I've been busy with some house projects and vacation (a vacation that didn't allow a lot of time for reading!) but I managed to tackle these three fiction books that I definitely recommend:

1. Ender's Game by Orson Scott Card

While sitting in the movie theater, about to watch Star Trek Into Darkness, the trailer for "Ender's Game" played...and I turned to my friends and said "now that looks like a GREAT movie." They stared at me and about three of them said at the same time, "You've never read the book!?" So, of course, I borrowed the book from one of them and seriously cannot believe I have never read it before now.

The first 30-50 pages were a bit disturbing for's Earth after aliens attack and kiddos are being genetically engineered to be soldiers. And six year olds talk like soldiers...not exactly the type of language (both in word and content) that you would expect coming from a little kid, so that bothered me a bit...but by about page 50, something changed and I couldn't put the book down (I read it in one evening). I found out later it is required reading for the United States Marines...and I understand why. The book is all about military strategy, loyalty, calmness in the face of adversity, and clarity during high  pressure situations. Don't want to say too much, because that will give some things away. Just know, it's fun, unexpected, and a great read. Go read it before the movie comes out!

2. Autumn in Esereth, (The Esereth Chronicles, Volume 1) by Molly Meyer-Allyn

This book was a surprise. A mixture of space (and in a way, time) travel, medieval practices, and aliens. And it's a mix that works. I sped through the last pages...only to find a cliffhanger and desperately hoping the author is already printing out the second book! Without revealing too much,  Sara finds a book, and with a flash of light, her entire life and world is changed. Finding herself in the middle of an imminent civil war, Sara must determine her role, discern between the perspectives of the warring sides, and make a choice that is brutal in its finality. The character development is vibrant at times. Balu, a young boy who befriends Sara, and Hecate, the mysterious healer, practically leap off the pages with their endearing and quirky personalities, I could honestly see them in my mind. This is a fun read that touches on some deep philosophical questions regarding human nature and our purpose. Looking forward to seeing how this story unfolds.

3. 100 Cupboards by N.D. Wilson

This book is wonderful. If you loved using your imagination as a kid, you will love this book. If you always wished you had an imagination, you will love this book. Twelve-year old Henry has to spend the summer with relatives in a house that isn't all what it seems. On his first night there, he discovers a wall filled with cupboard doors...but what are they? Or rather...where do they lead to? This book is down-right fun! I laughed out loud, remembered what it was like to be a kid on adventures, and got completely drawn into the story. The conversations between the characters are so vivid and real, I felt like I was standing by them watching their interaction. This is the first book in a three-part series and I cannot wait to start on the second one!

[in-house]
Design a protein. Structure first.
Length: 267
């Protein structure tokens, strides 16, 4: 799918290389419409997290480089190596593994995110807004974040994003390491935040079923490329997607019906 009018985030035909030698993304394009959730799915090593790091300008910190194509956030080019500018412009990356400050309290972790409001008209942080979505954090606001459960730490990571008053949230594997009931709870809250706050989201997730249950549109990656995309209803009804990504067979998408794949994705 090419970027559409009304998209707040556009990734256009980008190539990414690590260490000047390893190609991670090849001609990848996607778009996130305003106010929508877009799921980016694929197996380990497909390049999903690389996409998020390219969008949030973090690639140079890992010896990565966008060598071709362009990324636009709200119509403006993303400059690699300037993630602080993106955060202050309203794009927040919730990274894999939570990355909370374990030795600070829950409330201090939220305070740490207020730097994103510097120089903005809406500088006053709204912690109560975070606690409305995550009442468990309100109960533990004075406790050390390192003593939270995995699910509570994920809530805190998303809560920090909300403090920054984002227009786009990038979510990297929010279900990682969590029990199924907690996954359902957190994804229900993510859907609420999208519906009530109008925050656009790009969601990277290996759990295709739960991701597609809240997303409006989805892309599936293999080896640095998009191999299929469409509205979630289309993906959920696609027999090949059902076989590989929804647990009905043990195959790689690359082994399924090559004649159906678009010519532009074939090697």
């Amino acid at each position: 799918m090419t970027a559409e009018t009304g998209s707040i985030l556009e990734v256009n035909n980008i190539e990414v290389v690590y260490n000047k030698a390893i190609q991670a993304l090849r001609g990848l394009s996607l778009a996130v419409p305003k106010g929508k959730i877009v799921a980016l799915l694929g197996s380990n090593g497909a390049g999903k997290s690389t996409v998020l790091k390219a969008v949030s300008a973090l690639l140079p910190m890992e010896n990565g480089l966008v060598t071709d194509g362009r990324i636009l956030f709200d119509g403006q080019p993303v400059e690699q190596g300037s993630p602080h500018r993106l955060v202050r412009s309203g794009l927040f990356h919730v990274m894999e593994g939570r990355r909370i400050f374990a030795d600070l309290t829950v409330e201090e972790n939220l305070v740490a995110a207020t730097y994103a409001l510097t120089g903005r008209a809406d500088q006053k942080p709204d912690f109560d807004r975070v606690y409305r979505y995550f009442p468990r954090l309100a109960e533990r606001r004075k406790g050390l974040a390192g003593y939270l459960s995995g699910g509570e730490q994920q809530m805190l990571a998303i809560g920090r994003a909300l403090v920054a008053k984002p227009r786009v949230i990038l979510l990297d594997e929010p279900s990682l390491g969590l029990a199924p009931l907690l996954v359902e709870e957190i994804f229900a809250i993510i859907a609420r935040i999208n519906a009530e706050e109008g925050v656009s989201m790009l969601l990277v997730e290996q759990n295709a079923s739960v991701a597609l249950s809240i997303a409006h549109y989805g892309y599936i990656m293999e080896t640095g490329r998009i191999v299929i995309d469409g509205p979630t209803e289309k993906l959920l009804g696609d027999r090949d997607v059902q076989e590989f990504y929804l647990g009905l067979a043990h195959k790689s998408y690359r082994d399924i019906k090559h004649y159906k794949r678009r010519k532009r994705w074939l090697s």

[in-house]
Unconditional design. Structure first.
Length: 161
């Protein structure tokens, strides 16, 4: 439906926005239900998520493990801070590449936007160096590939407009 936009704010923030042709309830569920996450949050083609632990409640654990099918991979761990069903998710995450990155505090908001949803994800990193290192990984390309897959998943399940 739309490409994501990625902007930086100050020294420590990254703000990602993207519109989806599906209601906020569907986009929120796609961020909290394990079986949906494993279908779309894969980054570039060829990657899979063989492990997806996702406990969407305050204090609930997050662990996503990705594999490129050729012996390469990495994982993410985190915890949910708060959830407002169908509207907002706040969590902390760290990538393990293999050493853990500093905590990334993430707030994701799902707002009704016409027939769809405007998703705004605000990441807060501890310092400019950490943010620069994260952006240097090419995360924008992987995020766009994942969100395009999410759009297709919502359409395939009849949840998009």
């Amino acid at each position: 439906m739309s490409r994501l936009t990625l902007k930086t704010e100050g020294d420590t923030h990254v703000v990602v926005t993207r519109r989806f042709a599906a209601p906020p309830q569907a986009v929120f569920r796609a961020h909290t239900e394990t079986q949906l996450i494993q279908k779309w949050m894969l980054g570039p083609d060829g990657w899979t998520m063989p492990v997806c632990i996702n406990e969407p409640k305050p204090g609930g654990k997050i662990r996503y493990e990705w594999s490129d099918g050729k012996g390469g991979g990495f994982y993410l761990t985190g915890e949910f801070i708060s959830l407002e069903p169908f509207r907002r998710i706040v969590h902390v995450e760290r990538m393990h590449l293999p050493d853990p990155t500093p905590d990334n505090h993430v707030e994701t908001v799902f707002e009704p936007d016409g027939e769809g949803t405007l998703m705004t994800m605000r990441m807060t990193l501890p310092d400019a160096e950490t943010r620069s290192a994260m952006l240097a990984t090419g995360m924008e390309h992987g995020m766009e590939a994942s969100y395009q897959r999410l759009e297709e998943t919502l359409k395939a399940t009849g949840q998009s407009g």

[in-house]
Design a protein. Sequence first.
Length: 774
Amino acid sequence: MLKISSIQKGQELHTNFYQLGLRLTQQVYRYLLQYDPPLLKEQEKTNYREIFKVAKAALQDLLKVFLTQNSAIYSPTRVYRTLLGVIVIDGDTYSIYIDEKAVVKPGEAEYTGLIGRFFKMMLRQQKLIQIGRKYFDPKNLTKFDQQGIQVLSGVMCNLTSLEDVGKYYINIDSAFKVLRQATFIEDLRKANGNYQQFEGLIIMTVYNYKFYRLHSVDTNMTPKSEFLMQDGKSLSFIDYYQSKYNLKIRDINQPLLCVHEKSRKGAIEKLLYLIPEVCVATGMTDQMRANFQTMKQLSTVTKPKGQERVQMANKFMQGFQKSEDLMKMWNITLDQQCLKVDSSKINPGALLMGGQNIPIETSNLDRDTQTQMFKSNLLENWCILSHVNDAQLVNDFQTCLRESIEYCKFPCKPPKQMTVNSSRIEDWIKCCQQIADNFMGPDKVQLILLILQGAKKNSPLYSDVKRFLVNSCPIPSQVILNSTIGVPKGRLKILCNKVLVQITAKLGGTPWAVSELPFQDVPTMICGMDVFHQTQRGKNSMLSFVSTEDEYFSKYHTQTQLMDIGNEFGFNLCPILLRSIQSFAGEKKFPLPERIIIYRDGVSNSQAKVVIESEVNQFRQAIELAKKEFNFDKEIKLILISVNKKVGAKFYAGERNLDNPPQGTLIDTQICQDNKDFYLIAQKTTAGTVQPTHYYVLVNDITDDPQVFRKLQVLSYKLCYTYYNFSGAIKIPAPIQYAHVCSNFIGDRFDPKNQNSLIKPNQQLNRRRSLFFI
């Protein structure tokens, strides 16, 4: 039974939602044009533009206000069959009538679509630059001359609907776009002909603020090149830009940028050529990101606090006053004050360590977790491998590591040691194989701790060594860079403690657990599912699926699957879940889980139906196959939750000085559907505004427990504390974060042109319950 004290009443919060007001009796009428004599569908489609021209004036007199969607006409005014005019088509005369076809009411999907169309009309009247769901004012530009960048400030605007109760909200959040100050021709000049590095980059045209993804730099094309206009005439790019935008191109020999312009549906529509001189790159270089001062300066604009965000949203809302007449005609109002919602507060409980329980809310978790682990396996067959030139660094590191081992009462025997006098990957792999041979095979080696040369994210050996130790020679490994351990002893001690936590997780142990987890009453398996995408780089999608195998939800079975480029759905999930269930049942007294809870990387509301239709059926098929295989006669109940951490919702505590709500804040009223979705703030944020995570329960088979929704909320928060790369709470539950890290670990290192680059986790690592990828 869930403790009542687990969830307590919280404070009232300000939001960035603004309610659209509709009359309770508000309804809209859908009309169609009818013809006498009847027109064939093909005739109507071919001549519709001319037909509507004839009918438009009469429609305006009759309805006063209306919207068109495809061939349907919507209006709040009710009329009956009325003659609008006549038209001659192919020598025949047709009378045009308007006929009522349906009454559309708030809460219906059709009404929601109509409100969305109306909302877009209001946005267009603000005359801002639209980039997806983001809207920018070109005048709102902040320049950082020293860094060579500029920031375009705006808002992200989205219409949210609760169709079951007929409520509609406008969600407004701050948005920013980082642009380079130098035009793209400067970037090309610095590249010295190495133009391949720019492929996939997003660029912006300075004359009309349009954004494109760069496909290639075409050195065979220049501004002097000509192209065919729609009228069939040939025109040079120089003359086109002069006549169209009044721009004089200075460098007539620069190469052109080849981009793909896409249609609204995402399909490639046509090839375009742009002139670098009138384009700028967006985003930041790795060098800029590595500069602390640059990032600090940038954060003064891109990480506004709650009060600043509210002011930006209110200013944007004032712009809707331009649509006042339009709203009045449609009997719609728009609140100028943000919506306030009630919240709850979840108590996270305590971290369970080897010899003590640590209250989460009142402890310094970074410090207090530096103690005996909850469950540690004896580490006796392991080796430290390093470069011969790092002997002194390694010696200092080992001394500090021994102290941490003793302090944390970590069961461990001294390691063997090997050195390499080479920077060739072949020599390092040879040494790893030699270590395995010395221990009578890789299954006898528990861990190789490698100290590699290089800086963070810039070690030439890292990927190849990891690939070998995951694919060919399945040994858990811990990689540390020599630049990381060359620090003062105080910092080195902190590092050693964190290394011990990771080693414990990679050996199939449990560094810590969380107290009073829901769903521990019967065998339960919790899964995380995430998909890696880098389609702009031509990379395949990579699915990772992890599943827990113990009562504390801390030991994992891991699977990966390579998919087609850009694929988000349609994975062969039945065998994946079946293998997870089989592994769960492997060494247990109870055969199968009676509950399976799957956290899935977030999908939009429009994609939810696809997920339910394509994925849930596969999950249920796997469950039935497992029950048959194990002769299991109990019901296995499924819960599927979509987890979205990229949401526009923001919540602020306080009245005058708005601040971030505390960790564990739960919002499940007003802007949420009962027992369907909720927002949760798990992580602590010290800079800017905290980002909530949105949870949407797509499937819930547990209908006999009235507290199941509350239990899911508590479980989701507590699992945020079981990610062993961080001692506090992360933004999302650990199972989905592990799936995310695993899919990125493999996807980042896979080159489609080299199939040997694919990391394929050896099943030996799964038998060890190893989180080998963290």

Sunday, July 28, 2013

Wakeboarding in PA!

At the beginning of July, I went on vacation with a group of friends who also happen to be my coworkers. Our joint vacation planning started one day while sitting in our cubes...I was just about to go to PA (or just got back...can't remember) and my cubemate, Cory, and I started talking about all the awesome Amish/PA food in the area where I visited (my friends live about 20 minutes from the town Cory grew up in). My other cubemate, Pooja, decided that she wanted to try Amish food...and then Cory mentioned that he and his wife were going to PA in the summer for vacation and we should all come up and go wakeboarding at his dad's place on the river.

So our wakeboarding in PA trip was born.

We all had such a blast on the river and doing some touristy sightseeing in a small town nearby, Lititz.

Apparently Lititz was voted "America's Coolest Small Town." It was pretty cool...

The theme of our Litiz day was food: old-school candy, pretzel, wine, beer, chocolate, and then finishing up with a stop at my favorite Amish restaurant, Katie's Kitchen, in Strausburg for cheeseburger soup and apple dumplings. We definitely need the time on the water to work all of that food off! :)

There was a ton of laughter...face plants in the water as Cory and his friend Tim showed amazing patience and teaching skills as we all tried to wakeboard. Wakeboarding is like water-skiing except with one board...kinda like snowboarding on water while being pulled by a boat. After being uber impressed with  Cory and Tim's somersaults and flips, we all struggled just to stand up for a few seconds at time, it's waaay harder than it looks! Lisa, Purav, and Erin rocked it and were able to stand and be pulled for a long time!